Well wouldn't you know! No more than 5 minutes later the computers were back. Then up went one fellow who took almost half an hour to check out. I was so curious to know why it took sooooo long to process his papers when everyone else was averaging 4 minutes?

I finally made it out of DMV with my learner's permit. Yay!

Yesterday morning I went down to the local driver's ed school and signed up for the day's 5-hour class and 5 45-minute driving lessons which I will receive on the streets of my neighborhood. Oh boy! Driving in a crowded, zanny environment. Yay! If I can make it here... well you know the rest.

Going the driving school route is convenient as they will schedule my road test, let me use their car, and guide me through all the steps. My test won't be until the first week of March so that gives me almost 6 weeks to practice.

Tuesday, January 8, 2013

Book wise... latest acquisition...

My most recent wander over to that store of wonder The Strand (oh, what a NYC treasure!) reaped a new book for my shelf: Handicrafts of New England by Allen H.Eaton.
This book is a first edition, from 1949. It has the soul of cast metal typesetting, a bygone art. The text in this book is beautiful, each letter a miniature 3 dimensional work of art. Can you tell I used to be a typesetter? Albeit, I worked in typesetting during the phototype days, but even then typography was given great care. The text in this book is set in Linotype Caledonia. Gorgeous.

Chuckle... FULLY ILLUSTRATED is written on the cover. Didn't mean the same thing then as it does now! Still, it has some wonderful photographs in it and all but one are black & white.

It's an exciting find for me seeing how I'll be living in New England again soon. I'm only up to page 31 (374 pgs total) but enjoying it very much. The author drops a lot of names. In fact it appears most of the book is about specific artists living in New England during the time he authored it.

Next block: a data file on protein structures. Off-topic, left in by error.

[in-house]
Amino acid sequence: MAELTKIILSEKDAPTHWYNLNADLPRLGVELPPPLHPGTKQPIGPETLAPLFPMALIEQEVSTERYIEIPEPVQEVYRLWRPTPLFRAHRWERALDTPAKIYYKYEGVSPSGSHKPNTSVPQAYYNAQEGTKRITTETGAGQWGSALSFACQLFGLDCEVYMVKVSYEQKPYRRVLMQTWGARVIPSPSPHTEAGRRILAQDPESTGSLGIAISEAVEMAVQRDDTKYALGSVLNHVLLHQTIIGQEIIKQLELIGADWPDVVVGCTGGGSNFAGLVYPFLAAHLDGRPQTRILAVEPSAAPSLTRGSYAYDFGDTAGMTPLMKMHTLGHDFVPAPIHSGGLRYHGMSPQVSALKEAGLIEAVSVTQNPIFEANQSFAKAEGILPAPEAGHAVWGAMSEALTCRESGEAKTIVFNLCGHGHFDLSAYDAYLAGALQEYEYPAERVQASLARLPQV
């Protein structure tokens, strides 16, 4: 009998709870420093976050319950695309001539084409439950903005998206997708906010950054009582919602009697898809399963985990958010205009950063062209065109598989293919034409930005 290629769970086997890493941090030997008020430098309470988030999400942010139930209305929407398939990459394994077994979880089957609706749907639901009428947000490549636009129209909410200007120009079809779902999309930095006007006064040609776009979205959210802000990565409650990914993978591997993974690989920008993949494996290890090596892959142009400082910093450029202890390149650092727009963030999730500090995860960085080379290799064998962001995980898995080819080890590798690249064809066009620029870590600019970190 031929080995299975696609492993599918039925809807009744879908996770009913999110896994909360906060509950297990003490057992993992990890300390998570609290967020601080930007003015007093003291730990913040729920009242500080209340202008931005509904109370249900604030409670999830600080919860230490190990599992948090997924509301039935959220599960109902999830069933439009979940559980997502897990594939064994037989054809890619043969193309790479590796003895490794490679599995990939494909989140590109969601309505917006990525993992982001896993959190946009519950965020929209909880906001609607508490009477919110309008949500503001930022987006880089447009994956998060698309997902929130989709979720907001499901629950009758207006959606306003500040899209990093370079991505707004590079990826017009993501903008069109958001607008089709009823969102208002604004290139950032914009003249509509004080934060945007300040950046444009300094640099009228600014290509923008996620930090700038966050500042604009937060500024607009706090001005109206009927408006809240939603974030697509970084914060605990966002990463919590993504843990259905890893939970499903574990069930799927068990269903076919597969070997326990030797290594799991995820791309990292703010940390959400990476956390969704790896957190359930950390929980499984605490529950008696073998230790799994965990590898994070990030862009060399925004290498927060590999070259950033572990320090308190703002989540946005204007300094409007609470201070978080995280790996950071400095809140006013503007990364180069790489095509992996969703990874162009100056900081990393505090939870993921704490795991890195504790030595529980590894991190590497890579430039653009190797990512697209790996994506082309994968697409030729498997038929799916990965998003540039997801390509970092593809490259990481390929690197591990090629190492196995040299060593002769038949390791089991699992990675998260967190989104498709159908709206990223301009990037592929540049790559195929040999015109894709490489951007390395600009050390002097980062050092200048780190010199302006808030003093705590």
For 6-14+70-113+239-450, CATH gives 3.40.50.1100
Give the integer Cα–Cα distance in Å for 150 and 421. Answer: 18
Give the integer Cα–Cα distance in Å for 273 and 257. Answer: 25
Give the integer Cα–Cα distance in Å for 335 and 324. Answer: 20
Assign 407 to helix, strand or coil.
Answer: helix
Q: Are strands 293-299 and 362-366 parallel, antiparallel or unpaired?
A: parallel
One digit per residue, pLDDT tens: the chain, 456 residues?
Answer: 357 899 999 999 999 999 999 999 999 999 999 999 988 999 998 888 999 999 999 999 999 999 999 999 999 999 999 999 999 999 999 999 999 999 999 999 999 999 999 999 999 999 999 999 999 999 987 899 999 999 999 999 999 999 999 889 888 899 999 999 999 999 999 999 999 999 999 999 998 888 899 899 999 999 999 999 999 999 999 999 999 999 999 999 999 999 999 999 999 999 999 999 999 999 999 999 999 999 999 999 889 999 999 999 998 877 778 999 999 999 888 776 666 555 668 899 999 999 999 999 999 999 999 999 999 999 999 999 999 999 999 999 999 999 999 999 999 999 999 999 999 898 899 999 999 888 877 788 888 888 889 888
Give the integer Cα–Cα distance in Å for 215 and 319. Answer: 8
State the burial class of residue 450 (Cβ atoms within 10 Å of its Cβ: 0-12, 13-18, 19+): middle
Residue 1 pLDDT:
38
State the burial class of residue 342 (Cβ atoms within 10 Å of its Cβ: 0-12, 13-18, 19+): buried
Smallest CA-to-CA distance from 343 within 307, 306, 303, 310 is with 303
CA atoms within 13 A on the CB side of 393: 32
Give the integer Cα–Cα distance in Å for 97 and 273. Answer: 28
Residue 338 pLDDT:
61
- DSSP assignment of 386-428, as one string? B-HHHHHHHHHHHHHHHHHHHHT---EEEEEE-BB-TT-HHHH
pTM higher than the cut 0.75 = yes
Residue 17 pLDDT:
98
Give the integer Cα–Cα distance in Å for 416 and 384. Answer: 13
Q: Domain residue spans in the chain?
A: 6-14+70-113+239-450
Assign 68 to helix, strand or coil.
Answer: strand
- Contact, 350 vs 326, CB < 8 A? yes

Wonderful quote:
"We have lately become convinced that accurate work with carpenter's tools, or lathe, or hammer and anvil, or violin, or piano, or pencil, or crayon, or camel's hair brush trains well the same nerves and ganglia with which we do what is ordinarily called thinking." -- Charles Eliot


Friday, January 4, 2013

Weaving wise... the shuttle is flying...

Well not exactly flying but it is now making passes through my warp. Each new project is so full of excitement. There are so many types of weave that I can see several years of potential excitement at the prospect of something new to try out.

As I previously mentioned, this project is my first "overshot" project, and boy-oh-boy is it exciting! It's a thrill to see the pattern--latent in the threading and tie-up--manifest itself in the cloth.

Just a few pics to show progress. The view in these pics is the back side of the fabric. Yes, my tie-ups are reversed. But I learned something new this week, that's exciting in itself! I learned that an "O" in a draft's tie-up diagram indicates the tie-up is meant for a rising-shed loom, whereas an "X" is taken to mean tie-ups for a sinking-shed loom. The draft of the pattern I'm weaving--it's called "Lee's Surrender"--has "O"s and I do in fact have a rising-shed loom. Unfortunately, at the time I checked my tie-up I did not know about "O"s and "X"s. So I left my tie-up reversed thinking that the draft was probably written for a sinking-shed loom. I was wrong.